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The upside-down privilege narrative in alternative health
My wife Stella, who is an amazing healer, is facing the contention that bodywork and alternative medicines are elitist. “Only those with disposable income can afford them, and predominantly white privileged women indulge in them.” I’ll respond to this concern as a specific illustration of the point of my recent piece, Notes on Privilege.
It is certainly true that our current system puts most non-mainstream healthcare options beyond the reach of the underprivileged. However, this is not the fault of the alternative therapies themselves. It is the fault of a system that makes them “alternative” in the first place.
Natural, alternative, and holistic therapies are intrinsically cheaper and more accessible than high-tech medicine. But are they as effective? For some acute conditions, they are not. But for the chronic conditions that afflict most Americans, they are more effective. That’s why people pay for them out-of-pocket, even when they can barely afford them.
“Show me your evidence!” “Prove they are more effective!” I could cite research, but would the skeptic read it? Research is systemically biased toward profitable therapies, but even so, a vast literature is available affording a glimpse into an alternative universe where our most intractable diseases are easily cured. One compelling book comes to mind right now, Ancient Secrets of a Master Healer, by Clint Rogers, about the legendary Vedic lineage-holder Dr. Naram. Even after thirty years in the alternative health universe, I was deeply affected by this book.
Some people argue that if alternatives really were so effective, they would be incorporated more fully into our healthcare system. Ironically, this argument affirms crucial assumptions of the edifice of privilege. It assumes that the system of pharma-funded research, regulatory agencies, and for-profit medical institutions is sound. It assumes that the authorities are trustworthy guardians of the public interest. It assumes that those practitioners and therapies that are left on the margins are there because they have less merit.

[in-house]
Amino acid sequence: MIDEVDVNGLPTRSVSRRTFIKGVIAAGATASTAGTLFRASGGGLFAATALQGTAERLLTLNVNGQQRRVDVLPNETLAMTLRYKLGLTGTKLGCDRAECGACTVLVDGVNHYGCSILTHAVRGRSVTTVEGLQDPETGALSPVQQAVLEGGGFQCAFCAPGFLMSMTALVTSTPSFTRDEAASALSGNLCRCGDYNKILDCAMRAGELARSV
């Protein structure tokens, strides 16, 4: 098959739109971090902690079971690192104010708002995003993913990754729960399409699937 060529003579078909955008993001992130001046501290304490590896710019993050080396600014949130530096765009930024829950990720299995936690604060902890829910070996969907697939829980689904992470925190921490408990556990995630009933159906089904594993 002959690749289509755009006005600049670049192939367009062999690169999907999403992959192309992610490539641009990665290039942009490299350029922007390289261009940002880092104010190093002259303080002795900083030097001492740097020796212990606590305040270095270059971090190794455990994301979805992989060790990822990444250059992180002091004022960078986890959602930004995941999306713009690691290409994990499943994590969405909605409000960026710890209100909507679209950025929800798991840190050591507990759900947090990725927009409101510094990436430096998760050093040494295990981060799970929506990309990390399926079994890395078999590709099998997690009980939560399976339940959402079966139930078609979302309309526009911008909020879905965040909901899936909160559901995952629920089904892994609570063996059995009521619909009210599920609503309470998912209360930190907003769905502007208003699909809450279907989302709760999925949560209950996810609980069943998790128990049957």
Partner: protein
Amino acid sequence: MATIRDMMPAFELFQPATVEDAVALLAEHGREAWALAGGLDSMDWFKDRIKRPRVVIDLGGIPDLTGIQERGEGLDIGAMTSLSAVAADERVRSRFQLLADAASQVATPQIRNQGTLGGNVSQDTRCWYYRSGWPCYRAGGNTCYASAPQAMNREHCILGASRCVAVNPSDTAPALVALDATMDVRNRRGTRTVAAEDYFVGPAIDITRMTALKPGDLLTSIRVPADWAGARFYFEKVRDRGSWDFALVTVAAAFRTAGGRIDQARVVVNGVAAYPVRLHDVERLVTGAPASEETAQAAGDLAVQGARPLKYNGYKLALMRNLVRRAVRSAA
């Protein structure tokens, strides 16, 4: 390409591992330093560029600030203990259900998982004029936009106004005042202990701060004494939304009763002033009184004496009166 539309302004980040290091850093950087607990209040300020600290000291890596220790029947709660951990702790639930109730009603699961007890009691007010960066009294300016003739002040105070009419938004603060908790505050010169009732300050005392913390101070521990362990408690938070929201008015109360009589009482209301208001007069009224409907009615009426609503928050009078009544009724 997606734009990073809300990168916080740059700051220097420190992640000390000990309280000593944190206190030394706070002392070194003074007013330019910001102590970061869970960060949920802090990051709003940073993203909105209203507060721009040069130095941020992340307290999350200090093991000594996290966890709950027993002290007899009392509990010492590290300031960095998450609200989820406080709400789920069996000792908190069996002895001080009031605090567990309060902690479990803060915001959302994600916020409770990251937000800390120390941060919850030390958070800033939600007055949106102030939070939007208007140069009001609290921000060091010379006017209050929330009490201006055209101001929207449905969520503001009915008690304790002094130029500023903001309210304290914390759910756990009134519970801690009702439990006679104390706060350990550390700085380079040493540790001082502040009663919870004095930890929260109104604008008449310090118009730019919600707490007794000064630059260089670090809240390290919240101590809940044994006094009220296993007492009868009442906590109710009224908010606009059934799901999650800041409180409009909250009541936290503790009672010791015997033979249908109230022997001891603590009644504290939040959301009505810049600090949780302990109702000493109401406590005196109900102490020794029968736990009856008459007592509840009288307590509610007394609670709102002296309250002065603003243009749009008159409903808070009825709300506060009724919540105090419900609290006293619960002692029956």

Think about all the races, cultures, and people who have been left on the margins. Is that because a merit-based system has justly found them to be less worthy of inclusion? Well, the same mechanisms that exclude whatever doesn’t serve power and profit operate in the world of health alternatives too.
Taking for granted the soundness of the existing system, health equity is simply a matter of improving access to that system. If, however, the existing system serves power and profit better than it serves people, we have to look sympathetically at what it excludes.
The realm of the alternative, natural, and holistic has the potential to return medicine to the people. It can reempower people to take charge of their own health, aided by practitioners who don’t need an expensive high-tech infrastructure behind them, or expensive patented drugs. Such a system would be far more egalitarian than the current one, and the general level of well-being far higher.
Stella offers the following comment:
In my decades of treating thousands of clients and teaching hundreds of students, I have learned that you don’t actually need highly specialized knowledge to access miracle-level healing. Anyone can learn it. This is why I began teaching Resonant Attention—to remind people how powerful their own hands and minds really are.
What I teach is just one of many easily accessible modalities of energy medicine and healing touch. These new-and-ancient technologies are in reach for almost everybody and should be common knowledge, taught in grade schools. The fact that they’ve been marginalized and undervalued mirrors the treatment of the people for whom they are currently inaccessible.
In other words, far from being accessories of privilege, these practices have the potential to erase an important aspect of privilege.
Certainly, someone working two jobs at minimum wage to support a family isn’t going to have time or money for hour-long healing sessions in a quiet room somewhere at $150 a pop. But why are people so economically desperate to begin with? One reason is healthcare costs, which consume one-fifth of US GDP. (It was about one-twentieth in 1960.) These costs present a huge economic burden to individuals, organizations, and government. One hundred million Americans are saddled with medical debt, which is involved in over half of all bankruptcies.
We could, and should, distribute these costs more fairly, but much of the cost is inherent in the high-tech modalities that dominate today. It doesn’t help anyone, privileged or not, to offer false medicines, to uphold disempowering paradigms, or to apply expensive and complicated technologies when simple ones would do.
The transformation of our healthcare culture won’t happen by leaving it to the very institutions that profit from our chronic disease and disparity. Real equity comes from reclaiming our bodies, reskilling medicine, and returning medicine to the people.
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